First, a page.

Washington Post, February 3, 2013
Roy Derrick maneuvered his forklift with a pallet of neatly boxed expired produce and flowers and dropped it into an industrial compactor at Safeway’s cavernous return center in Upper Marlboro. As the compactor hummed, compressed food and floral scraps spilled through a chute into a 40-foot trailer, one of five that would make the weekly trip to composting centers in Delaware or Virginia.
Employees at 125 Safeway stores along the East Coast ship everything from flowers to coffee grinds and spoiled vegetables to the Maryland return center, which then must transport the waste at least another 100 miles to be recycled into compost.
It illustrates composting’s complicated trajectory in the United States. The movement is inching forward in fits and starts, by entrepreneurs as well as by community activists and civic leaders, but the nation’s trash disposal system lacks the ability to process food waste on a large scale. Food scraps are also heavier than aluminum cans, making them more expensive to transport.
But increasingly, local governments, entrepreneurs and community activists are experimenting with composting.
Last month, District Mayor Vincent C. Gray announced that the city’s Office of Planning was awarded $600,000 in grants to build three to four compost sites for urban farms or community gardens in the city to test composting methods.
Americans generated nearly 35 million tons of food waste in 2010, according to the EPA, 97 percent of which went into landfills. By contrast, more than 60 percent of the nation’s yard trim — which makes up a similar portion of the U.S. waste stream — got recycled.
Putting grass cuttings and leaves out on the curb, of course, is more palatable than depositing rotting fruit, crushed eggshells and vegetable peelings. And compost collectors have a limited number of places to deposit their hauls, especially in dense urban areas with expensive real estate.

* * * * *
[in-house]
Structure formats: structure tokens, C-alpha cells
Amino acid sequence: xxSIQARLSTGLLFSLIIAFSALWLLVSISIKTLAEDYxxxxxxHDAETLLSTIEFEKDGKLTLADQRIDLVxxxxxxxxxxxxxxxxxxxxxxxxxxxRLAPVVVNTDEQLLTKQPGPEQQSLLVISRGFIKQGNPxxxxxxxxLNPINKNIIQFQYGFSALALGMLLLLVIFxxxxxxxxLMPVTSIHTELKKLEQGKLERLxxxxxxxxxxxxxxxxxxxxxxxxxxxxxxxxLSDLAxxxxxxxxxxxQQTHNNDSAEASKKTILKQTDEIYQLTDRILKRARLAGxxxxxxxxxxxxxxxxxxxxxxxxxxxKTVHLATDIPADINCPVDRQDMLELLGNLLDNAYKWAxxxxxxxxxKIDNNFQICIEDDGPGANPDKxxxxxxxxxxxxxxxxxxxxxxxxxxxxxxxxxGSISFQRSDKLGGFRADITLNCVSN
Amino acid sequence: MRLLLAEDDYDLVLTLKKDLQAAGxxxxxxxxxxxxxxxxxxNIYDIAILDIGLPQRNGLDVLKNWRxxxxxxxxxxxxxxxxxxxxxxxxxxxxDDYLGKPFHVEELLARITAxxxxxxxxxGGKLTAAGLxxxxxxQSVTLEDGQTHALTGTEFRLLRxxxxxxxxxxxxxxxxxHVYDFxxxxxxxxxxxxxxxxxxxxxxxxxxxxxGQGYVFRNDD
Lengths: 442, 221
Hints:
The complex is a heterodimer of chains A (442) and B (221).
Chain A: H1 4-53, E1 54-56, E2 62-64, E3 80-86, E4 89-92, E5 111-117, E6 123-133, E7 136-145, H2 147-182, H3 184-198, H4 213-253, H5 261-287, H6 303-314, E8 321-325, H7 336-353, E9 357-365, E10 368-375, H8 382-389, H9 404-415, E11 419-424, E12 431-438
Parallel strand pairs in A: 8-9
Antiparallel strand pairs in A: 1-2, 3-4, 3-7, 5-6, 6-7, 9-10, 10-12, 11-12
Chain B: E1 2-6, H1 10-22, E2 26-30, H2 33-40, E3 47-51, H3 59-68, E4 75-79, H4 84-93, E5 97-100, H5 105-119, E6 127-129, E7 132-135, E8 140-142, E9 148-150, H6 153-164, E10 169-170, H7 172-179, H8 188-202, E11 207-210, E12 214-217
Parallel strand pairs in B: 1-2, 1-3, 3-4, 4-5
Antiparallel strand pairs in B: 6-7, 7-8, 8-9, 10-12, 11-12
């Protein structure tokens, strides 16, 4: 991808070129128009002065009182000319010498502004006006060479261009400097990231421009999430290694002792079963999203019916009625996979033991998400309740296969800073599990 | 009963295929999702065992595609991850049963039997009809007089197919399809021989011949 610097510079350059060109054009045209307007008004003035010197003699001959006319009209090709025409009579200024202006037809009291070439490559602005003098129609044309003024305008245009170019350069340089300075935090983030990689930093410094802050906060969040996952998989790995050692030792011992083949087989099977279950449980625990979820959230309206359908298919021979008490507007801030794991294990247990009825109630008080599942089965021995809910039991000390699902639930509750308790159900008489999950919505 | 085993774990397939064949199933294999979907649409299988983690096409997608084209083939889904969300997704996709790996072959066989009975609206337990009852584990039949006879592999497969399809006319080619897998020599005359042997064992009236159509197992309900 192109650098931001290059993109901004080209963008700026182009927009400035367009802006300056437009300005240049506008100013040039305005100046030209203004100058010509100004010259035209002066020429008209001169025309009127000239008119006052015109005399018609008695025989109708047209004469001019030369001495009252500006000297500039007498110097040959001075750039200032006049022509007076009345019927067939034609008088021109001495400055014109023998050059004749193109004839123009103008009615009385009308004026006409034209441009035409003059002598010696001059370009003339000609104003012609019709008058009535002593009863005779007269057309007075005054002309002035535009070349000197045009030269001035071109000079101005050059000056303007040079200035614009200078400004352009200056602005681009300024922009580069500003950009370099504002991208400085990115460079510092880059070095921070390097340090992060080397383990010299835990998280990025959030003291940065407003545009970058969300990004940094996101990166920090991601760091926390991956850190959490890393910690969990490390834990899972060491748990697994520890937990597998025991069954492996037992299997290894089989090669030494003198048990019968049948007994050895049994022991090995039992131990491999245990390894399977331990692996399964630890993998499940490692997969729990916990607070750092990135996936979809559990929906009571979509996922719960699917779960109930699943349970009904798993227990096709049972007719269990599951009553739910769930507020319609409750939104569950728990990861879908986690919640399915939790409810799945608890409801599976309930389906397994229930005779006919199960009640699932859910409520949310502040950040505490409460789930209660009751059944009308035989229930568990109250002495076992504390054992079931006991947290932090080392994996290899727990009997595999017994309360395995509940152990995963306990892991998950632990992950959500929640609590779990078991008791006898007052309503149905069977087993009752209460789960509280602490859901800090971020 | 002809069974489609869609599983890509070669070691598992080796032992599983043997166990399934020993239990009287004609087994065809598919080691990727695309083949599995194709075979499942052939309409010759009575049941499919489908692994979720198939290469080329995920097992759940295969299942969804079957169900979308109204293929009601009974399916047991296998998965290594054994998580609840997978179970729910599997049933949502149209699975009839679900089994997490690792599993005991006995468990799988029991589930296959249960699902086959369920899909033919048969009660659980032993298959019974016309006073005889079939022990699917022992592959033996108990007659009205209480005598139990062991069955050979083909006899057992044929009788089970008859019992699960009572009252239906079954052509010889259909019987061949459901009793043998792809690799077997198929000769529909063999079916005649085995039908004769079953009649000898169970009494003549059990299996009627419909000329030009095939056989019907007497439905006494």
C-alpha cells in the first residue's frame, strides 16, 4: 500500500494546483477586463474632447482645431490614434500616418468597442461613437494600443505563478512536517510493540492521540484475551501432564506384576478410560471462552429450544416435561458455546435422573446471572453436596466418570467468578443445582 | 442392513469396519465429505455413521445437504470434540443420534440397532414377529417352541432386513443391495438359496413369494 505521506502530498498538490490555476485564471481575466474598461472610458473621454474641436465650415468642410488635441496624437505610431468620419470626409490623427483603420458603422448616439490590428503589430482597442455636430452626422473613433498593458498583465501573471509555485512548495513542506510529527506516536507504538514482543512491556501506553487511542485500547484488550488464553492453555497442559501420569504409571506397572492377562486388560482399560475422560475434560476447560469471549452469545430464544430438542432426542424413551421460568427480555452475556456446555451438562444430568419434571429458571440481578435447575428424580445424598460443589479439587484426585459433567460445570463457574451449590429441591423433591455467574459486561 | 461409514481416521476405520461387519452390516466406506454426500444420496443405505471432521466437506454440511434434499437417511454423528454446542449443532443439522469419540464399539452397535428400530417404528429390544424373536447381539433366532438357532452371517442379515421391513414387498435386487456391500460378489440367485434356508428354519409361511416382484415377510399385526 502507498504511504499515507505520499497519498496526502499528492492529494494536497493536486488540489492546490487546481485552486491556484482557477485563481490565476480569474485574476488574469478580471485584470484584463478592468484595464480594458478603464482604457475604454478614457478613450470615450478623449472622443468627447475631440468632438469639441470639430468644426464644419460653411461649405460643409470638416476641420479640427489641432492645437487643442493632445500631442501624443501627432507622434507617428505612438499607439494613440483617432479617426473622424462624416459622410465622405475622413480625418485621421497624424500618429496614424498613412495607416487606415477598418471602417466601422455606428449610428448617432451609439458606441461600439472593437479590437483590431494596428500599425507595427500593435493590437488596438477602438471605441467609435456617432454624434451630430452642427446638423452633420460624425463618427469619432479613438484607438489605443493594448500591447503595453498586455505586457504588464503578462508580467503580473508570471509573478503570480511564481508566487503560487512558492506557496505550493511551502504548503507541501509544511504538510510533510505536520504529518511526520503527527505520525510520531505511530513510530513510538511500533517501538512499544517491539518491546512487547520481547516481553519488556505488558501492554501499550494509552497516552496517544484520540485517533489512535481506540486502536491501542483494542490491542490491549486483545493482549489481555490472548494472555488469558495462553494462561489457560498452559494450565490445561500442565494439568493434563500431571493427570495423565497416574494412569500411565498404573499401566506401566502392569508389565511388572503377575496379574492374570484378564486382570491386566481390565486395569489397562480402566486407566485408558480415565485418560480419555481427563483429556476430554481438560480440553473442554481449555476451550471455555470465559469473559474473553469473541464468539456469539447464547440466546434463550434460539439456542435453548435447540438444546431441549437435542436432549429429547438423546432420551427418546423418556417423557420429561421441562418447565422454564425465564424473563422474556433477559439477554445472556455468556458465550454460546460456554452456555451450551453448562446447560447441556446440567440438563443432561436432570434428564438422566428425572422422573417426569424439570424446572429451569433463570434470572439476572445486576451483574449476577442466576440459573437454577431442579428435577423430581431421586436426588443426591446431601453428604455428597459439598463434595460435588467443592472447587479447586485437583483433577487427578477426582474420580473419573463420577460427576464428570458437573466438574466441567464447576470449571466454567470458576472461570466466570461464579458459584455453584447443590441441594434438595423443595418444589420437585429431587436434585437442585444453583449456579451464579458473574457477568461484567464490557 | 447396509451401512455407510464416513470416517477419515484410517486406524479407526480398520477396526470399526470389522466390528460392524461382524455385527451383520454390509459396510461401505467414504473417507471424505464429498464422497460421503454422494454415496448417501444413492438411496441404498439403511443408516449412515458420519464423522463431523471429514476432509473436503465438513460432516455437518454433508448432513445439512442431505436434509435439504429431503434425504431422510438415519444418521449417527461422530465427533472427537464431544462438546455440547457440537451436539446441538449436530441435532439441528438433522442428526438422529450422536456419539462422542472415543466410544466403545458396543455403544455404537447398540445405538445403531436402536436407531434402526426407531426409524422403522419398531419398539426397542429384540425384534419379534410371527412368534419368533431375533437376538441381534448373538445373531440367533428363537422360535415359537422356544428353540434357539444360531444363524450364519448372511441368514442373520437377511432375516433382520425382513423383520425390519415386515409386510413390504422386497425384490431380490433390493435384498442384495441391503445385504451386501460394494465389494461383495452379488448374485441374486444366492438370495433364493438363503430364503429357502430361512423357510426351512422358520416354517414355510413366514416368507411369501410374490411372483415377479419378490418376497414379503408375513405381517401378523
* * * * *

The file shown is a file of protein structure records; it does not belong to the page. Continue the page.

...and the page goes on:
Many communities in the areas have contracts with waste incineration sites, making it harder to develop organic recycling sites.
“The interest is growing, but there’s not enough places to take it and put it,” said Brenda Platt, who promotes composting for the D.C.-based Institute for Local Self-Reliance. [emphasis added]
Jack Jacobs, director of distribution of Safeway’s eastern division, said he prefers not to ship it so far away. But it still makes “good business sense” for the company, he said. Safeway pursued composting “because of our environmental sensibility. We knew it was the right thing to do.”
In the past, major trash industry operators such as Waste Management have sometimes fought government requirements to divert waste because they operate landfills, and they get paid according to how much trash they put there. But these same firms are now investing in organic recycling, in part because of customer demand. Waste Management — the nation’s largest waste hauler, disposal and recycling company — operates 36 organic processing facilities across the country and has invested in companies such as Waltham, Mass.-based Harvest Power, which takes solid waste from municipalities in the United States and Canada and converts it into high-quality soils or energy.
“We certainly believe it’s becoming mainstream, and in some parts of the country, it’s been mainstream for a while,” said Waste Management’s director of organic recycling, Eric Myers, whose firm just opened a state-of-the-art composting facility in Orlando.